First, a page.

Having an effective and workable plan in place will mitigate the issues if a crisis occurs. After all, the difference between a crisis and an emergency is that everyone is drilled in emergency procedures (think fire crews and cabin crew).  With an effective crisis management plan and procedures in place, you can add your social media emergency drill to your standard implementation plan, drill everyone and make everyone aware of what they need to do when – or if the crisis arrives.

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Do you ‘really’ trust your Facebook friends?

Heck,  someone else I know has been fired from her job for posting things on her Facebook profile.  This time, her profile was secured so no one outside her immediate circle of friends could see her status updates.  But with requests from friends coming in to your Facebook account on almost a daily basis, do you really ‘trust’ all of your Facebook friends?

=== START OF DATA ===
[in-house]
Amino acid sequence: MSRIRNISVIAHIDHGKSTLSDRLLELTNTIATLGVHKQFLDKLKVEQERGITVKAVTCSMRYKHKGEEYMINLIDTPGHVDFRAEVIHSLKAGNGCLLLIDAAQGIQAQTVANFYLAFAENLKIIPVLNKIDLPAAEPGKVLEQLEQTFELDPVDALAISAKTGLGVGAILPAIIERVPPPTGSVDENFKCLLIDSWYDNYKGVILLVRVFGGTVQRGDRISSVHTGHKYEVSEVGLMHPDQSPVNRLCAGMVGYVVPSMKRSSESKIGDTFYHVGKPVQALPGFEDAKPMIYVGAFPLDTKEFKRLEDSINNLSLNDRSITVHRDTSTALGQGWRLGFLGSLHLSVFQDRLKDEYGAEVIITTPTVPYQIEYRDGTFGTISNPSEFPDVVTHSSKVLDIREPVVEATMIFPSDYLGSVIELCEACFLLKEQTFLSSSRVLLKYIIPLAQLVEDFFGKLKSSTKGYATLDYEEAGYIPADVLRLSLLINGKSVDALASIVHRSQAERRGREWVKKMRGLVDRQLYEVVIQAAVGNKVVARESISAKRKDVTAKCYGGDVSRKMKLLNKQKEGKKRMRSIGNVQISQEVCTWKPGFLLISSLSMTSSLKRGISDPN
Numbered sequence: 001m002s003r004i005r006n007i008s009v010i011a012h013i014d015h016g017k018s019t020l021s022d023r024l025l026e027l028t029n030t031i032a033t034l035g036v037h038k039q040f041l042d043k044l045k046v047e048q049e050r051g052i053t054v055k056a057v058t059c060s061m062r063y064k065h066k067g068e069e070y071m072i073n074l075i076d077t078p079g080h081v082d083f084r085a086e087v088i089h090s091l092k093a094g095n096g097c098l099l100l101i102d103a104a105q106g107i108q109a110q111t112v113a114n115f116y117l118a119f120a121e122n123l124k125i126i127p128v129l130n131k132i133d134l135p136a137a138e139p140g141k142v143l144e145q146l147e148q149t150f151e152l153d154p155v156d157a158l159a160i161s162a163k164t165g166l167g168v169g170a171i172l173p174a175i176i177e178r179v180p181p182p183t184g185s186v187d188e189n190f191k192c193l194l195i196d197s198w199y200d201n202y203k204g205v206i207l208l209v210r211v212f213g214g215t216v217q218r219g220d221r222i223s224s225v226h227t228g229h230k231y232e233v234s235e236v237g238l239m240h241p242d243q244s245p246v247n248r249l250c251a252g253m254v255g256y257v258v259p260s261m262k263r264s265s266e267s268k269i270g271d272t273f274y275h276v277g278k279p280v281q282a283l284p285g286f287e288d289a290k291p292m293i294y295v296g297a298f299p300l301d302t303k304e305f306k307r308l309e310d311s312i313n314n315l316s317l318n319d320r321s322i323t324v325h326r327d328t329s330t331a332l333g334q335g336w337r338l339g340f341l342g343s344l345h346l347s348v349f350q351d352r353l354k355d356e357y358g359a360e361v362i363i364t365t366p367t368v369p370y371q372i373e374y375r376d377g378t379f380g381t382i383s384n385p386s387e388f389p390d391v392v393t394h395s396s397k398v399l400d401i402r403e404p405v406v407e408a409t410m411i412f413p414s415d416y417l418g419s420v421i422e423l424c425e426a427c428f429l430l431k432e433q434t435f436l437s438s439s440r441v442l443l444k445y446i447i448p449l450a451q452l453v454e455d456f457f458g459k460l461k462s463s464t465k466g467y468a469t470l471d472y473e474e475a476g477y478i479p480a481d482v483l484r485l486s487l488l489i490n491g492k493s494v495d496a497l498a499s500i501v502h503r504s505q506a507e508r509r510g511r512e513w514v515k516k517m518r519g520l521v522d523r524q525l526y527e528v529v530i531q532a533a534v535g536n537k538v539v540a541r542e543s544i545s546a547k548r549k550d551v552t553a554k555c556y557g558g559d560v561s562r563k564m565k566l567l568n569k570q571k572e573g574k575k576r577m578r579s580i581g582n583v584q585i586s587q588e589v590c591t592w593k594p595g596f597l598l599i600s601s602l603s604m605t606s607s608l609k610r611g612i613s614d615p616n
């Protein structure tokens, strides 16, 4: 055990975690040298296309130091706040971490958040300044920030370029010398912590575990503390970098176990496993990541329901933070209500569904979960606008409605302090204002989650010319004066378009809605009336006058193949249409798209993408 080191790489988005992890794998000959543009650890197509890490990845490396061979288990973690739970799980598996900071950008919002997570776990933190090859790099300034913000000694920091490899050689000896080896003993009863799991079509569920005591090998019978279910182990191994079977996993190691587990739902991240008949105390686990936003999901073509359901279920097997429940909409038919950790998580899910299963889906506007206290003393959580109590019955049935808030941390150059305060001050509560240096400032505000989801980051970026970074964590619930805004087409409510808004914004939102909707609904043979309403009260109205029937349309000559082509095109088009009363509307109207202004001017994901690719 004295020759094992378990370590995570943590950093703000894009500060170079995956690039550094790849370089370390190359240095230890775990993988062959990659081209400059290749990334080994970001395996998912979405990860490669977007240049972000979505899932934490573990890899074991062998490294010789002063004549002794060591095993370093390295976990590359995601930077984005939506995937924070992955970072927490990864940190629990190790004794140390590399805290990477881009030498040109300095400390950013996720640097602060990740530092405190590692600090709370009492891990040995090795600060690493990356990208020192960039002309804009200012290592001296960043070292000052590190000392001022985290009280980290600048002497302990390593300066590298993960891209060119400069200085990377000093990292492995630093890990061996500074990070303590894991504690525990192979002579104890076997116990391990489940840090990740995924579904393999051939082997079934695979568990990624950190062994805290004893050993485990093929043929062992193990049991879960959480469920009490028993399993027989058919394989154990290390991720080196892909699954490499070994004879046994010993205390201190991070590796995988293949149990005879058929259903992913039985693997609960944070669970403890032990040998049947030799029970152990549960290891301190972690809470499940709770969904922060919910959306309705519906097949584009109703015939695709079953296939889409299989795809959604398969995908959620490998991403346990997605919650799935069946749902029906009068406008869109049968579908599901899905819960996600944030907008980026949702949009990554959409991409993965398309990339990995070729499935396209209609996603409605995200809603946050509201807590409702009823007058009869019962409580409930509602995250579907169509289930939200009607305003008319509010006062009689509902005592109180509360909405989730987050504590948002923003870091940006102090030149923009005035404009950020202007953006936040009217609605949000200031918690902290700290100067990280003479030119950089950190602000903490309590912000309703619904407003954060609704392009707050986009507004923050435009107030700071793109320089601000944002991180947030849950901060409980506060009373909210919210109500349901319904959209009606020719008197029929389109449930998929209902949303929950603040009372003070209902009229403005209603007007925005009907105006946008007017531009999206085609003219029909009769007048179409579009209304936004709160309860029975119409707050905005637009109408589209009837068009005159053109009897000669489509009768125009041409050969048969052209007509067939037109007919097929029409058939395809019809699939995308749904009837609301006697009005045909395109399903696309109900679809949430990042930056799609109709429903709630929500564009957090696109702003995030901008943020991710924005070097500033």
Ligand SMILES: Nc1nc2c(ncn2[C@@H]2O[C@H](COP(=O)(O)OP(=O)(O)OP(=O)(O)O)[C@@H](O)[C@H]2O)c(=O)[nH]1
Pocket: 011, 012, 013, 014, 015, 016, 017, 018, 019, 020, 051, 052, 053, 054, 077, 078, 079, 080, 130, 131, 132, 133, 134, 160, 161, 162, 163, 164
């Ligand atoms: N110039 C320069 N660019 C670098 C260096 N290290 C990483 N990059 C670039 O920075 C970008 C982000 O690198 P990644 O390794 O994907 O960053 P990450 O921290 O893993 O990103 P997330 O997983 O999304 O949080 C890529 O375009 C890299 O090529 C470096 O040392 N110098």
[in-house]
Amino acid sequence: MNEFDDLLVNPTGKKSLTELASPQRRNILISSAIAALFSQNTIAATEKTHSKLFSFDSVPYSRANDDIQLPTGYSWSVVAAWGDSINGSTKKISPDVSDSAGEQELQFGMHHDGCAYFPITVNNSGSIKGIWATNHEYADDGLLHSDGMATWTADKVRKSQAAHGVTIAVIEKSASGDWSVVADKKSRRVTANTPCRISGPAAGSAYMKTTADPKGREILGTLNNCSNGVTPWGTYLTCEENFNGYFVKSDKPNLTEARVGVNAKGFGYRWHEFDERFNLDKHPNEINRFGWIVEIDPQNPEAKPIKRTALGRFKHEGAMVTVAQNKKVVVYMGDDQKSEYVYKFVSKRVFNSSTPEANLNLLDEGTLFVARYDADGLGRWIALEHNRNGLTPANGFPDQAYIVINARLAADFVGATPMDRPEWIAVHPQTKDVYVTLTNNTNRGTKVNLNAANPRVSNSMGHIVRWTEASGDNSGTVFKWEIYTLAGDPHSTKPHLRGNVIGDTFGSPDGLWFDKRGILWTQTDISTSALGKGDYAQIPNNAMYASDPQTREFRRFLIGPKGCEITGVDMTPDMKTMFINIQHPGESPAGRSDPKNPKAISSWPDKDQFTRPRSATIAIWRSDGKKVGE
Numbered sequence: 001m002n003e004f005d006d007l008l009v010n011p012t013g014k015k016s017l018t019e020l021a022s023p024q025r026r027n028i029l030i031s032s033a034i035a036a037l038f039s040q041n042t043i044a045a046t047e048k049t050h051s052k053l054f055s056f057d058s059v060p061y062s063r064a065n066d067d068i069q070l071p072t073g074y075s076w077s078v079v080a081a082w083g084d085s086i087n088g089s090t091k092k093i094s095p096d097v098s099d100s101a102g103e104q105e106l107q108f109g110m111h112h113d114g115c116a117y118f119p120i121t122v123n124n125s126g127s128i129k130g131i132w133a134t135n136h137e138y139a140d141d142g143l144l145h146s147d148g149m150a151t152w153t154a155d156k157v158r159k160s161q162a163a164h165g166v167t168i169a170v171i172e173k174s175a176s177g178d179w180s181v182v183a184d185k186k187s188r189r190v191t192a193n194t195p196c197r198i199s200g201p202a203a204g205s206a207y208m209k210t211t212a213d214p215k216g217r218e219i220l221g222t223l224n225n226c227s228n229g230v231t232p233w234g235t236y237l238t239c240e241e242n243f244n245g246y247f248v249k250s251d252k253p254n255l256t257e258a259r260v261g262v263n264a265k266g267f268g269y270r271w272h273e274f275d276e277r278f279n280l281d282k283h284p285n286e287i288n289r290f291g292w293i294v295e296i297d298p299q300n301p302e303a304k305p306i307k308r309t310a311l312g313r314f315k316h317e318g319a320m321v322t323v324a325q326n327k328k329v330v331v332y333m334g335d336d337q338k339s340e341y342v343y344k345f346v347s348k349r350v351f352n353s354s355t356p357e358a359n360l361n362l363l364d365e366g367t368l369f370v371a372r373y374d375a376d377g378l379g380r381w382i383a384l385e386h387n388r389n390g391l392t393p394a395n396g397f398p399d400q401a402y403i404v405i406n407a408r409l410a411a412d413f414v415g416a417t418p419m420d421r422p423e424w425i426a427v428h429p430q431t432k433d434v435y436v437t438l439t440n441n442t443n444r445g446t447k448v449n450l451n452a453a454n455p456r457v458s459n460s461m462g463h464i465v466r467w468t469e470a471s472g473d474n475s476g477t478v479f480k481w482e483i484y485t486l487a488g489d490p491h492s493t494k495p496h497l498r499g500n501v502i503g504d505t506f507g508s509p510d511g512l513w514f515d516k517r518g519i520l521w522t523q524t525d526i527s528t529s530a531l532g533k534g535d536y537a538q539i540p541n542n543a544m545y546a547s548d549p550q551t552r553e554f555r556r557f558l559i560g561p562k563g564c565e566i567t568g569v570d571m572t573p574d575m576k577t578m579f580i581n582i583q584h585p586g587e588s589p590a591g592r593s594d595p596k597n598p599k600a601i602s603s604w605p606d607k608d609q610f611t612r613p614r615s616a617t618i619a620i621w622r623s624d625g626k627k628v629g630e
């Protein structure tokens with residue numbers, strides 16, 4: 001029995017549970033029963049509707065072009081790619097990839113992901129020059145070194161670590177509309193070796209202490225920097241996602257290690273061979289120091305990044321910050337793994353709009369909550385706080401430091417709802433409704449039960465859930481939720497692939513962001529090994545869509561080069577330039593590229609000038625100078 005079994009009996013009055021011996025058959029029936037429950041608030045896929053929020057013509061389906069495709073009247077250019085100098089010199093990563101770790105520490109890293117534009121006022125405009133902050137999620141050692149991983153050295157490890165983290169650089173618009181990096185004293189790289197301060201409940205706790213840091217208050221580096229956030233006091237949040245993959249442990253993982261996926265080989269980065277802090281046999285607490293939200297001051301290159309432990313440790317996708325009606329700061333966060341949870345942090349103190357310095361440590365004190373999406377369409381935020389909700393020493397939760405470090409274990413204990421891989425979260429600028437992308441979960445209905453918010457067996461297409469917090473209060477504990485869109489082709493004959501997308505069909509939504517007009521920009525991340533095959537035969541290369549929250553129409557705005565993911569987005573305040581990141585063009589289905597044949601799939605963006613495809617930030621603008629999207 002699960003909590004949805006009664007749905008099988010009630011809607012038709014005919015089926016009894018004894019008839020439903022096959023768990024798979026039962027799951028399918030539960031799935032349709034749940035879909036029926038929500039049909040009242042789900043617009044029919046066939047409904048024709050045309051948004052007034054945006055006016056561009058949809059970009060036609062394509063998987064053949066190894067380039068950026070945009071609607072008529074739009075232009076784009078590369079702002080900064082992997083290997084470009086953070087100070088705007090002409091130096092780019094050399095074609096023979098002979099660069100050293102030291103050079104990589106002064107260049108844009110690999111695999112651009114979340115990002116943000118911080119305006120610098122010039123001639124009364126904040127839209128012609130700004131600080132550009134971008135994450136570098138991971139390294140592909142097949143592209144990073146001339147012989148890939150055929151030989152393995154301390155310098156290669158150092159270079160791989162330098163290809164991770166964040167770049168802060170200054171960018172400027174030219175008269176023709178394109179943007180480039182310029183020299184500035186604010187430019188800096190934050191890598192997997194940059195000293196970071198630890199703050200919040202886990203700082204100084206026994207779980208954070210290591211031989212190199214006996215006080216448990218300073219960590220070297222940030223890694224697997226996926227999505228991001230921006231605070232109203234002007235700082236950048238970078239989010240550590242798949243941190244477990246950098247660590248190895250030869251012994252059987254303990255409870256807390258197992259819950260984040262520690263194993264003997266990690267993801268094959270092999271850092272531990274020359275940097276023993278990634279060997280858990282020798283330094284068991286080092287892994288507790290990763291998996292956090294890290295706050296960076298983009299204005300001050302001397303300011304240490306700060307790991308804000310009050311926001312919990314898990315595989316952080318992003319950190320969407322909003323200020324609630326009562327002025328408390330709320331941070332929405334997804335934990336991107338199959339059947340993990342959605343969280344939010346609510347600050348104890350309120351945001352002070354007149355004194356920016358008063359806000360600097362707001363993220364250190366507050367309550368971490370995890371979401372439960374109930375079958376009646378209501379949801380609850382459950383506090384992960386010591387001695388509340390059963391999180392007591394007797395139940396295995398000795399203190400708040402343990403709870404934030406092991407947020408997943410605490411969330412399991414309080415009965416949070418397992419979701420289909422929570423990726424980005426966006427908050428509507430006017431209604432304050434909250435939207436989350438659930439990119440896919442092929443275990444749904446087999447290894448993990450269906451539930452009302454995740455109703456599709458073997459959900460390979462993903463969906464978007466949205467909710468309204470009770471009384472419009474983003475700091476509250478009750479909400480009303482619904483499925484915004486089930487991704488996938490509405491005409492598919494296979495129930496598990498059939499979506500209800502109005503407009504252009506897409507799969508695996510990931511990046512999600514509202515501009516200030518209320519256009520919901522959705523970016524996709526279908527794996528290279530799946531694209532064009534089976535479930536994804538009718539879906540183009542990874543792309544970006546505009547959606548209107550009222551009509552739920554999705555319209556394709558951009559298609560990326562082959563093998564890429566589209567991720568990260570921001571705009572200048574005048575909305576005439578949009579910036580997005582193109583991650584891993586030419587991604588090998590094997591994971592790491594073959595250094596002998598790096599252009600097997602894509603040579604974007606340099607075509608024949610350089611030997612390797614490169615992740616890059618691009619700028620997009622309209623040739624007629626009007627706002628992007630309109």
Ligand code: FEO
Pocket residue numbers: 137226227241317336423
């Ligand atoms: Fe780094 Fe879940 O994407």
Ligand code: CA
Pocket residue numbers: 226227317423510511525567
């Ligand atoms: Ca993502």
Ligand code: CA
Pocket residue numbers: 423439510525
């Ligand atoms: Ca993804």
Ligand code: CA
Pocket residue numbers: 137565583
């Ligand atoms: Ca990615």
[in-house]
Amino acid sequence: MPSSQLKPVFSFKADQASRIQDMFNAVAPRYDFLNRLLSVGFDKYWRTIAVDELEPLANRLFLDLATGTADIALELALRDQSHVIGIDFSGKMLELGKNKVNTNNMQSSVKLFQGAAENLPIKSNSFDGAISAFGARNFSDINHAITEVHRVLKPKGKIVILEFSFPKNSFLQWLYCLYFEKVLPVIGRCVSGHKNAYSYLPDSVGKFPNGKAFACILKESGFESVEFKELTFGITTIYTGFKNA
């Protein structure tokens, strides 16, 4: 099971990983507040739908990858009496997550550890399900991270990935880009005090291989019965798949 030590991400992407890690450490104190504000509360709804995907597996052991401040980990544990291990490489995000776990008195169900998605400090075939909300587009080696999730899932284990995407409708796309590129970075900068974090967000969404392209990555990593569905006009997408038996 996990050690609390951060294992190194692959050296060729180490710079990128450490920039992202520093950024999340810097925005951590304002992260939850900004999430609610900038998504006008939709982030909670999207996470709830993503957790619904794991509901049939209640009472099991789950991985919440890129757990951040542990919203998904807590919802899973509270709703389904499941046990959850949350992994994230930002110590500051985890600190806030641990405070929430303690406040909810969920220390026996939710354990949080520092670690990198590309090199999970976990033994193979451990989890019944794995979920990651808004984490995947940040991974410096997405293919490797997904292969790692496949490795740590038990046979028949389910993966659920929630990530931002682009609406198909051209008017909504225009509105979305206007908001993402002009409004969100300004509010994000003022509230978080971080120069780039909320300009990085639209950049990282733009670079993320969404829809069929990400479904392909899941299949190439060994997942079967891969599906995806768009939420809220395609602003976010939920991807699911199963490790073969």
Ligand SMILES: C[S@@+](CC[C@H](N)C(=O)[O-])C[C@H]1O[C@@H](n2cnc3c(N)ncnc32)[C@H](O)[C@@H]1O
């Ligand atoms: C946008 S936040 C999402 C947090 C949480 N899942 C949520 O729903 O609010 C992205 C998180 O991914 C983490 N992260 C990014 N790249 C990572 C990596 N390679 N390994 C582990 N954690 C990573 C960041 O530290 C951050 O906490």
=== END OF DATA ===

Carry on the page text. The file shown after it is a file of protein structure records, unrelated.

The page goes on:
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Last week, Facebook opened up the application interface allowing more people to see your personal data.  This time it’s your phone numbers and addresses, which will make it easier for developers to create location specific applications that target your home location.  The problem is that lots of social games like Farmville and Mafia wars rely on you having hundreds of friends to make your gaming presence stronger and operate as a group.  the challenge is that, unless carefully managed, these friends could potentially see status updates that you’d rather they didn’t see.